Module of the Week: puppetlabs/vcenter – VMware vCenter Deployment

Purpose Installs vCenter 5 on Windows and manages vCenter resources.
Module puppetlabs/vcenter
Puppet Version 2.7+
Platforms Windows 2008R2 64bit

VMware vCenter is a software application that provides central management of vSphere environments. It's an essential component for managing large numbers of VMware virtual machines and the fleet of ESX systems supporting those hosts. As a high level overview, the VMware infrastrastructure stack is essentially VMware VMs running in vSphere ESX hosts, which are managed by vCenter, which can in turn be managed by vCloud Director:

In this case, the vCenter Puppet module can install a full blown vCenter instance with no limitations on Windows 2008 R2 64bit. Puppet not only manages the database dependencies (by deploying Microsoft SQL 2008R2), it will also take care of the installation of VMware vCenter and optionally deploy the vSphere client. Since the vCenter installation process is fairly involved and requires a Windows license, VMware offers vCenter Server Appliance (vCSA) to simplify deployment in a Linux environment. In addition to deploying vCenter on Windows, this module also includes management of vCenter resources such as datacenter, folders, ESX clusters, and ESX hosts modeled as Puppet resources for both Puppet deployed vCenter installation and vCSA.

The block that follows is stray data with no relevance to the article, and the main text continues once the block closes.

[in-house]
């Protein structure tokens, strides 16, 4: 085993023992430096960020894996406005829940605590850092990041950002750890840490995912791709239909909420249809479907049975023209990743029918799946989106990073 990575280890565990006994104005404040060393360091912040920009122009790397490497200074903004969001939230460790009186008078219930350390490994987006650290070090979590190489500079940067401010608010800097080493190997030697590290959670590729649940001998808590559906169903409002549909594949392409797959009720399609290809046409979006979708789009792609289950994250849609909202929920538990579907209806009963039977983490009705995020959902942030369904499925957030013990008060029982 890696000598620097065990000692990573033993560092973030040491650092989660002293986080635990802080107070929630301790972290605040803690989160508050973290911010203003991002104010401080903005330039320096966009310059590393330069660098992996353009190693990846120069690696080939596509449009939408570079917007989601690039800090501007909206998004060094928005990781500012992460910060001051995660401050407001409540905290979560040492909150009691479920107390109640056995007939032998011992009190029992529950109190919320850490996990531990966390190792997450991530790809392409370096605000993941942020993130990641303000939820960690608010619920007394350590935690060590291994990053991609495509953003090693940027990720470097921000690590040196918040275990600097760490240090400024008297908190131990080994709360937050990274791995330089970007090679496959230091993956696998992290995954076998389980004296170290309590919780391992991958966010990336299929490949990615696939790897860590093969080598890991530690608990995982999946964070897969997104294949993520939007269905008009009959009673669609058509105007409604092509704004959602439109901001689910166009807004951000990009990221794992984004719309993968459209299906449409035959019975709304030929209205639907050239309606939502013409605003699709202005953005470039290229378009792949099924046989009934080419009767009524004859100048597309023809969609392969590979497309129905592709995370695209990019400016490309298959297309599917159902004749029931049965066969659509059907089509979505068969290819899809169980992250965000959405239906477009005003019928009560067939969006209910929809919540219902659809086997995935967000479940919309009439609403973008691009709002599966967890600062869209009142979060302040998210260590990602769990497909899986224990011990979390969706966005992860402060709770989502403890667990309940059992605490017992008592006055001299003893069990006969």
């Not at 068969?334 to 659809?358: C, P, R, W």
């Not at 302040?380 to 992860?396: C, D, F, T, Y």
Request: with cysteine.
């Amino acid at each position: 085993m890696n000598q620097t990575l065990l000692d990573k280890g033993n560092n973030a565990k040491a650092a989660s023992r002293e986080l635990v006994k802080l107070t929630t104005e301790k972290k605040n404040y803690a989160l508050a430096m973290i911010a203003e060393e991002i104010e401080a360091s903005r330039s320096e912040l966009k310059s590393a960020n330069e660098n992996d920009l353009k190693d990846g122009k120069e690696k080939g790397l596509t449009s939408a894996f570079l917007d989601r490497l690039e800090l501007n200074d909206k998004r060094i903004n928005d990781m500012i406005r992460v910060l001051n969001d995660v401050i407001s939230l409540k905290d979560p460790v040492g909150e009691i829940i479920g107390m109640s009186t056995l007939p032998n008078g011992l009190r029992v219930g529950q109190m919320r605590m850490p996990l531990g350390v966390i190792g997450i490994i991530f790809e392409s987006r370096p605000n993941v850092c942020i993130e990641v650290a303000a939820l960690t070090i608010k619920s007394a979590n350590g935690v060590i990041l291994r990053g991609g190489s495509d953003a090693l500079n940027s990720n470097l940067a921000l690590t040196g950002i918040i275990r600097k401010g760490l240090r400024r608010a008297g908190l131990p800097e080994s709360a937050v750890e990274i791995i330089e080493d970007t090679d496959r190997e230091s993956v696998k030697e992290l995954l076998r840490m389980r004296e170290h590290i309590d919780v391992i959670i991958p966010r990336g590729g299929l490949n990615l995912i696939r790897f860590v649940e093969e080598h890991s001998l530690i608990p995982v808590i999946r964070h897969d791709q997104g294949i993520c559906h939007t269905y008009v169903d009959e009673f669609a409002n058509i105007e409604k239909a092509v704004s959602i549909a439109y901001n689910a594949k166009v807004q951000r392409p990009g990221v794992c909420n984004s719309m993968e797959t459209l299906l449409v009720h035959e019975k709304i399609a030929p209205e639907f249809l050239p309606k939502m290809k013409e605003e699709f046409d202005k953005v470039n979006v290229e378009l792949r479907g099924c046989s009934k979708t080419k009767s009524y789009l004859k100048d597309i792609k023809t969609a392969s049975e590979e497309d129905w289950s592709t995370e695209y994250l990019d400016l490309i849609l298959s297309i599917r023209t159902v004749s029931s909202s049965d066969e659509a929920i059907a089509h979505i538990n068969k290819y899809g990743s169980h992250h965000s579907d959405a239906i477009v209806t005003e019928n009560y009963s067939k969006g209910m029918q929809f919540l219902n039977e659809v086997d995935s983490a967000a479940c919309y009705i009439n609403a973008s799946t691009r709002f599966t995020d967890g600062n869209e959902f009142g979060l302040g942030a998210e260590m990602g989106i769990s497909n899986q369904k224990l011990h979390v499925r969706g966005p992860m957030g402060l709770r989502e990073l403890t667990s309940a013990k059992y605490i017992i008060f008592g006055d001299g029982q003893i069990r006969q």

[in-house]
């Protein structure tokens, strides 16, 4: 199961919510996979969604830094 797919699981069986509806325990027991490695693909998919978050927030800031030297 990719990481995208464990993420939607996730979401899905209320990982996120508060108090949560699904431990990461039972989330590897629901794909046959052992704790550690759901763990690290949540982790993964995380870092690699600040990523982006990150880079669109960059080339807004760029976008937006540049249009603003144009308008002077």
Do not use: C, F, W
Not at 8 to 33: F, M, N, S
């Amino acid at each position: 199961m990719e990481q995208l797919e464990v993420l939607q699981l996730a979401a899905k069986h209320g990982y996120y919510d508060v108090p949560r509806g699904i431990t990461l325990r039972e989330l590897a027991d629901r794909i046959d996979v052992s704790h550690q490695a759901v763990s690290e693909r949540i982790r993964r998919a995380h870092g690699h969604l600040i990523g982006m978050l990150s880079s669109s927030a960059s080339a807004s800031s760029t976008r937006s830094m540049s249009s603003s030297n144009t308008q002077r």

Installing the Module

Complexity Easy
Installation Time 5 minutes

On the Puppet master, execute the Puppet module tool to download the vCenter module and its dependencies:

$ puppet module install puppetlabs/vcenter
Preparing to install into /etc/puppetlabs/puppet/modules ...
Downloading from http://forge.puppetlabs.com ...
Installing -- do not interrupt ...
/etc/puppetlabs/puppet/modules
└─┬ puppetlabs-vcenter (v0.1.0)
  ├─┬ puppetlabs-mssql (v0.1.0)
  │ └── puppetlabs-dism (v0.1.0)
  └── puppetlabs-registry (v0.1.1)

Configuring the module

Complexity Easy
Installation Time 5 minutes

The vCenter module supports the following parameters:

  • media: vCenter installation software media location.